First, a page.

Our comments would be to allow personnel with a commercial pilot licence to be able to act as co-pilots,
 regardless of reaching 65 years of age. We agree that it be handled as a Recommendation.

 New Zealand

 New Zealand has no objection to the amendment proposal as it brings the Annex 1 Standards into closer alignment
 with the New Zealand practice which is to issue “lifetime” licences.

 Over the age of 16 years, employment discrimination on the basis of age is prohibited in New Zealand by the
 Human Rights Act 1993.

 The exercise of pilot licence privileges is subject to the licence holder having an appropriate current medical
 certificate and having the required recent flight experience and having completed a biennial flight review of
 operational competency checks in the case of the Commercial Pilots Licence and the Airline Transport Pilots
 Licence.

 Romania

 We consider that the provisions of the amendment to Annex 1 should be applied to all commercial air transport
 operations, not only for the international operations.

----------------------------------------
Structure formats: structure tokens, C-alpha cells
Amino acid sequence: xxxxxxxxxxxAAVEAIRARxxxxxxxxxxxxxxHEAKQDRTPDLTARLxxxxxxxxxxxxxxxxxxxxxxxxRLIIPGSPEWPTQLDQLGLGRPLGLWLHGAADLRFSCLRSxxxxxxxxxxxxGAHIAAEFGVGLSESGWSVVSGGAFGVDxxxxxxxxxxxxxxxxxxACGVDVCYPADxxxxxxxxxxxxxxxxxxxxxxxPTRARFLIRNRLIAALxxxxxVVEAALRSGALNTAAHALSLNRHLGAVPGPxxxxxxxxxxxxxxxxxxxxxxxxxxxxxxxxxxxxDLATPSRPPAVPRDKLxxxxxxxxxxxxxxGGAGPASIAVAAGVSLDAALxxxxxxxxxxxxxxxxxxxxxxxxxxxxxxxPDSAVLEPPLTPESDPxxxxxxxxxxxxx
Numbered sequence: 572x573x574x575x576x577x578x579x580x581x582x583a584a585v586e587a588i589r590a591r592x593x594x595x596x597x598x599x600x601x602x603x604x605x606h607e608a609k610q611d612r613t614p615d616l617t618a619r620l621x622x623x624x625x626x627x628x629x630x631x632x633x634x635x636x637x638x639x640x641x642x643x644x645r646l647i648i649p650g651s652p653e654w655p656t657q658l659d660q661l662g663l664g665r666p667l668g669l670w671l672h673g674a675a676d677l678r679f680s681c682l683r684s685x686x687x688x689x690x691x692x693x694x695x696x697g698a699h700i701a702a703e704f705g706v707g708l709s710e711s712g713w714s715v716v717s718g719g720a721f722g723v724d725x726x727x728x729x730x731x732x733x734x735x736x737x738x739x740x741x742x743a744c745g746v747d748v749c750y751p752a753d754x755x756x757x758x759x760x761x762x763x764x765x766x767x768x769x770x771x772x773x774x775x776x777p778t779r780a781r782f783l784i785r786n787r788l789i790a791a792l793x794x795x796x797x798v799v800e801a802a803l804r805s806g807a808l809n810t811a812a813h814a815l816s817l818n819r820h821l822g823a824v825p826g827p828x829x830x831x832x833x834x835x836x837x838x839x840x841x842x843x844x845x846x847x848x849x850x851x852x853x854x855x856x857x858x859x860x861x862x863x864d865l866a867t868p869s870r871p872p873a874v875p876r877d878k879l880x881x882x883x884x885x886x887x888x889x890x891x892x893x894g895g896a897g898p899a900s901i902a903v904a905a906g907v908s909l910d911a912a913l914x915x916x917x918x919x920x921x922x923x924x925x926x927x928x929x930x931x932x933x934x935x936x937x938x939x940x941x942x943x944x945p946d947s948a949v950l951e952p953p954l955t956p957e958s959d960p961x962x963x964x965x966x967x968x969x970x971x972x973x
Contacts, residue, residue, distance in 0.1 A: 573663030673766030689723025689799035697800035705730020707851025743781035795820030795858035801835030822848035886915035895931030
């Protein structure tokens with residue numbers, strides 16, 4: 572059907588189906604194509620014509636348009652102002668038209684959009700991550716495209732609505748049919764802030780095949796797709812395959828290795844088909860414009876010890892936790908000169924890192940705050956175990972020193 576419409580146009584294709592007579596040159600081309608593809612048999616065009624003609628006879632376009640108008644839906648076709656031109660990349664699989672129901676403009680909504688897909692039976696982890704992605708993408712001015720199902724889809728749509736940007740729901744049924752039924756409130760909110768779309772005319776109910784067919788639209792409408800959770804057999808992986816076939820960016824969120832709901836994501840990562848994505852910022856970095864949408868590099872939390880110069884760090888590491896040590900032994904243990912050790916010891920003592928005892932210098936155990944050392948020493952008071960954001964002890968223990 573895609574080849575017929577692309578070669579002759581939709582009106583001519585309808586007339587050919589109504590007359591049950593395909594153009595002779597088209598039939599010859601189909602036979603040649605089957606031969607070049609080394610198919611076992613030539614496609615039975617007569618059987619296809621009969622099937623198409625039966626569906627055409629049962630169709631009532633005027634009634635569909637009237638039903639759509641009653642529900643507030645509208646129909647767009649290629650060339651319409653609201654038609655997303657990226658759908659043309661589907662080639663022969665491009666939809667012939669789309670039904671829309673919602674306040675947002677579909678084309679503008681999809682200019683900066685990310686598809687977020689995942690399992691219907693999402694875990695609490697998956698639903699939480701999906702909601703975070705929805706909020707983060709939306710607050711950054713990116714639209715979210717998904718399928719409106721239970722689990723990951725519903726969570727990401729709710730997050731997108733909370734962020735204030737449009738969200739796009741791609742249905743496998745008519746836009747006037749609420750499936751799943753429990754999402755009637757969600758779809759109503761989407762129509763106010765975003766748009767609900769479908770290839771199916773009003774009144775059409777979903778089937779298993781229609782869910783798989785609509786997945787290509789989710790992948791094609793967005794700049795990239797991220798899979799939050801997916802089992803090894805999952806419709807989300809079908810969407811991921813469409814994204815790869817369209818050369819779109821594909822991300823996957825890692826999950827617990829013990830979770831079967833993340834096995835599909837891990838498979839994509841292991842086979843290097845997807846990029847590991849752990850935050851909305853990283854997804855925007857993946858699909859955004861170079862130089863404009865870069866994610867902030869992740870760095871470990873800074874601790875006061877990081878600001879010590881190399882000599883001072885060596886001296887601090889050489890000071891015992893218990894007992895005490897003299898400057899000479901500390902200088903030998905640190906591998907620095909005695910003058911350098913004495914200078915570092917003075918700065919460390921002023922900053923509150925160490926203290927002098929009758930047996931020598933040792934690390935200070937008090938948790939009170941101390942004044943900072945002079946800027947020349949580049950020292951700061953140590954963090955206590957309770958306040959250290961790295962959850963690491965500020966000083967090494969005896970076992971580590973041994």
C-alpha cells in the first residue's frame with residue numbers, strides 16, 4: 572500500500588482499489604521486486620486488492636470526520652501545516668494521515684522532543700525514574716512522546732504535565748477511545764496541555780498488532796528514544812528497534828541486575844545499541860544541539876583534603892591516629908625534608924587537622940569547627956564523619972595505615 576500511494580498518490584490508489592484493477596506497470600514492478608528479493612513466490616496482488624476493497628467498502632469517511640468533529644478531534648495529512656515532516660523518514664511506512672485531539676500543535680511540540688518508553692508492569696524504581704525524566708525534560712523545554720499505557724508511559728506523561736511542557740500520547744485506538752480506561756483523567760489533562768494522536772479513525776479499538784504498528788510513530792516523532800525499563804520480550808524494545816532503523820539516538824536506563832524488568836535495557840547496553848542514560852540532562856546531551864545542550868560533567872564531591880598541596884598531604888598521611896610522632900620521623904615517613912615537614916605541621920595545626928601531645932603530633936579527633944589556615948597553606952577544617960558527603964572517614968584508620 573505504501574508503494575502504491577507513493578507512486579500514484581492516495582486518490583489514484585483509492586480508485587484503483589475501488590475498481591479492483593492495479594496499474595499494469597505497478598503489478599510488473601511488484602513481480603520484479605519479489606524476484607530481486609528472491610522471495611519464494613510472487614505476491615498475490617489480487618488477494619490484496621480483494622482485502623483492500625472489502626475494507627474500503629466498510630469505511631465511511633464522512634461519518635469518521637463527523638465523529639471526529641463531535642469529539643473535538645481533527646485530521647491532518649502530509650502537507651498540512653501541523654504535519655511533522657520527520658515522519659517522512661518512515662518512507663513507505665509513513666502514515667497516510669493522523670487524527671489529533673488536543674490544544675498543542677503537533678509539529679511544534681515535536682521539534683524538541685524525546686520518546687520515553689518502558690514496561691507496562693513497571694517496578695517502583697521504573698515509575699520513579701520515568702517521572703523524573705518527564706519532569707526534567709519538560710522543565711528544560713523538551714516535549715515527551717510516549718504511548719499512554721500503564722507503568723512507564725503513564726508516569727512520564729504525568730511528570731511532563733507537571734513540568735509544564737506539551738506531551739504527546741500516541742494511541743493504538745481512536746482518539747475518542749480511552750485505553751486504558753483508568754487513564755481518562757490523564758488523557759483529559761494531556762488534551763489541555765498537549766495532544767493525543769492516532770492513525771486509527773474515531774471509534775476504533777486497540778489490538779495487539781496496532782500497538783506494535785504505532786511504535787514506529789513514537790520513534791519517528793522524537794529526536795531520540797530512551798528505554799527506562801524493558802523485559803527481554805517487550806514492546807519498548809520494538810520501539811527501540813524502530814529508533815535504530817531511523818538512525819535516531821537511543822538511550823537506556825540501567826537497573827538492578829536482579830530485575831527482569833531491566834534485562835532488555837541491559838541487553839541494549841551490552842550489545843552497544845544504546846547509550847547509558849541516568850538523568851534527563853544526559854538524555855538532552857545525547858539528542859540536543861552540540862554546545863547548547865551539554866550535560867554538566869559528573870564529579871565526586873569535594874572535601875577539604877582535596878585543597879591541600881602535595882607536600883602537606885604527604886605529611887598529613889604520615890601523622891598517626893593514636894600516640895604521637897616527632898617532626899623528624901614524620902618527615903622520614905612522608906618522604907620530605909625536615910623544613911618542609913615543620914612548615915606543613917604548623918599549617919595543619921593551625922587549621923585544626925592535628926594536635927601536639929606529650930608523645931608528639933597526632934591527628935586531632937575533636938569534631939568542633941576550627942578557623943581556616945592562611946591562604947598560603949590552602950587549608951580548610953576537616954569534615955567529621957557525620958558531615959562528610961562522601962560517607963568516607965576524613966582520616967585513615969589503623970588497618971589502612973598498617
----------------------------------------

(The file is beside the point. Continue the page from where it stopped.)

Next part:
For the aircraft with a crew of two pilots, this amendment should be applied with no differences between the pilot-
 in-command and the co-pilot.

 Seychelles

 We would like to suggest that a minimum age for the other pilot be introduced such as 50 or 55 years, in order to
 have an acceptable buffer in the age group. This will reduce the possibility and risk associated where the other
 pilot is aged 59 years.

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 Sri Lanka

 There are pilots who have either reached the age of 60 years or at the verge of reaching that age employed by
 operators licensed by this administration. It is the view of this administration that such pilots should be allowed to
 continue the employment with the airline until the new standard comes into effect on 23 November 2006.
 Otherwise, they will have to retire as per the existing standard and re-join the airline when the proposed
 amendment comes into effect, which this administration considers would cause a break in competency skills. In